I7: picking up the happiest cat [solved]

Here’s some code that works, I guess, but I think I am missing something to make it work more sensibly and generally. I’d like to be able to name several objects with the same name. But I would like to be able to disambiguate them, too.

[code]“happycats” by andrew

a cat is a kind of thing. a cat has a number called happiness.

Ace is a cat. He is in room 1. happiness of Ace is 5. Bob is a cat. He is in room 1. happiness of Bob is 6. Doc is a cat. He is in room 1. happiness of Doc is 7. Ike is a cat. He is in room 1. happiness of Ike is 8. Max is a cat. He is in room 1. happiness of Max is 9.

the happiest-cat is a cat that varies.

to decide which cat is the hc:
let X be Ace;
repeat with Q running through cats:
if happiness of Q > happiness of X:
now X is Q;
decide on X.

[It seems that we can’t understand “X” as a variable. And that makes sense. But is there another general way to do things?] [understand “happiest cat” as hc.] [understand “happiest cat” as happiest-cat.]

understand “happiest cat” as ace when ace is happiest-cat. understand “happiest cat” as bob when bob is happiest-cat. understand “happiest cat” as doc when doc is happiest-cat. understand “happiest cat” as ike when ike is happiest-cat. understand “happiest cat” as max when max is happiest-cat.

room 1 is a room.

when play begins: now happiest-cat is the hc;

every turn:
now happiest-cat is the hc;
say “([happiest-cat] is the happiest cat.)”;

report taking happiest-cat:
ignore the standard report taking rule;
say “[happiest-cat] purrs as you pick him up.” instead;

check taking a cat:
if noun is not happiest-cat:
say “He struggles and jumps back to the ground.” instead;

test cats with “take happiest cat”.[/code]

Basically I want a way to define the happiest cat and have the user be able to define a cat as such and not just by their name. Of course, in this example, it takes less typing to say Ace or Max or whatever. But I am sensing I’m missing something about how to use definitions. In particular, the “understand X as…” and the happiest-cat/hc definitions appear to be much more awkward in my code than I need to be. I’d like to use this for priorities for disambiguation, e.g. so you can remember your favorite or something.

What do I need to fix so my code flows better/makes more sense?

The syntax you are looking for:

``````Understand "cat" as a cat.
Understand "happiest" as a cat when the item described is the happiest-cat.``````

(I’ve split up the lines because it’s better that way.)

1 Like

Also, it doesn’t make much sense having a variable happiest-cat and an adjective hc and keeping them in sync manually. You can just use “hc” anywhere and drop the variable.

1 Like

I don’t know if this is particularly useful, but you can use built-in comparisons to automate checking for the happiest cat, as in sections 6.7 and 6.8 of the documentation:

[code]Room 1 is a room.
A cat is a kind of thing. A cat has a number called happiness.
Definition: A cat is happy if its happiness is 2 or more. [The value doesn’t matter here; this just tells inform that larger number = happier cat]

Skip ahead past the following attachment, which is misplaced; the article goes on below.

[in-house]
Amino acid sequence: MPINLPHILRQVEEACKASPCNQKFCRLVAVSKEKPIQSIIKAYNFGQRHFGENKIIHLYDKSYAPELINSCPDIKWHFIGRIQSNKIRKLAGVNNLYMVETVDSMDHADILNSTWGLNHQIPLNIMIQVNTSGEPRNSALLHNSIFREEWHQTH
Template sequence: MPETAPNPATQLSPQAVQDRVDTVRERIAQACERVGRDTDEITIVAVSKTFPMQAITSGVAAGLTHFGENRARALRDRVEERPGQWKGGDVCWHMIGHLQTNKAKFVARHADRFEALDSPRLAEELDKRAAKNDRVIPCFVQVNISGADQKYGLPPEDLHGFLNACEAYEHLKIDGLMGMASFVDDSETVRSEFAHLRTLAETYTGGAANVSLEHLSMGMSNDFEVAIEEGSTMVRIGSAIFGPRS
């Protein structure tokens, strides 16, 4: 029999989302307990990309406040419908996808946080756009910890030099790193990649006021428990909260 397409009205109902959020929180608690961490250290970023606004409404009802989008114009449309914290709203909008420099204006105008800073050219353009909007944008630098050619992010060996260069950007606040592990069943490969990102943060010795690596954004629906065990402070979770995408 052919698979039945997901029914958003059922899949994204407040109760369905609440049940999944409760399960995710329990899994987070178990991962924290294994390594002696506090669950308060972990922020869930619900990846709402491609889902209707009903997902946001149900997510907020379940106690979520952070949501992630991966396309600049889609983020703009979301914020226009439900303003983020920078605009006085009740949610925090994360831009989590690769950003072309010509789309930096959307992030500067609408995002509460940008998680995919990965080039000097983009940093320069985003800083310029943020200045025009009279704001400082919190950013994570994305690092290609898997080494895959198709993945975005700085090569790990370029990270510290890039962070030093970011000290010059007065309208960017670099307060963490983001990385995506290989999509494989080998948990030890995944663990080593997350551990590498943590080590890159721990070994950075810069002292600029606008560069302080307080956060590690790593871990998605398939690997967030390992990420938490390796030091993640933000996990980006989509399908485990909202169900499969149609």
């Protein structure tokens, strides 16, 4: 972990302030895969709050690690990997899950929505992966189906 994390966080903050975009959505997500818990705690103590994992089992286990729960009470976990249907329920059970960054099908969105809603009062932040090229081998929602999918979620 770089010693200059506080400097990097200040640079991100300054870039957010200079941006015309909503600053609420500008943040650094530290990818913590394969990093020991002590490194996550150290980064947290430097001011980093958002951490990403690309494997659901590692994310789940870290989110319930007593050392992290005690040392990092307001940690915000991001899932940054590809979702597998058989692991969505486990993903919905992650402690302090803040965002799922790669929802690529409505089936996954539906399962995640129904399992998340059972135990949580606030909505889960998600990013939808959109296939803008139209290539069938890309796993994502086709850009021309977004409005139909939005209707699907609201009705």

Ace is a cat. He is in room 1. happiness of Ace is 5. Bob is a cat. He is in room 1. happiness of Bob is 6. Doc is a cat. He is in room 1. happiness of Doc is 7. Ike is a cat. He is in room 1. happiness of Ike is 8. Max is a cat. He is in room 1. happiness of Max is 9.

Understand “cat” as a cat. Understand “happiest” as a thing when the item described is the happiest cat.

Report taking the happiest cat:
ignore the standard report taking rule;
say “[The happiest cat] purrs as you pick him up.” instead;

check taking a cat:
if noun is not the happiest cat:
say “He struggles and jumps back to the ground.” instead;[/code]

As section 6.8 points out, this will yield unpredictable results when two cats are tied for the highest happiness score, but the same is true of your original code.

2 Likes

Thank you! That is the syntax I was looking for. It makes a few other things clearer for me, too.

Another section of the documentation I blew over at first just to make a game, any game…and now I understand why it’s there

Does this bit work? From what I’m aware, the “ignore (rule)” syntax is limited only to procedural rules.

Good point – you don’t need it, because the “report taking happiest cat” rule fires before the standard report taking rule and prevents it from firing (thanks to the “instead”).

For the report rule, I would go with:

```After taking the happiest cat: say "[The happiest cat] purrs as you pick him up." [Note: hardcoded "him" would not work for female cats, but there don't appear to be any in this example.]```

Using an “after” rule means the standard “taken” message will be automatically suppressed.

Also, you can simplify your cat declarations somewhat with:

``Ace, Bob, Doc, Ike, and Max are cats in Room 1.``

Thanks, yeah, I wasn’t exactly being tidy with the code. Cut and paste has dangers. I also keep forgetting to consider “after” for some reason. Possibly due to some early confusion there and not knowing about “continue the action” in case I do want to say more. So thanks for reminding me it’s useful and concise.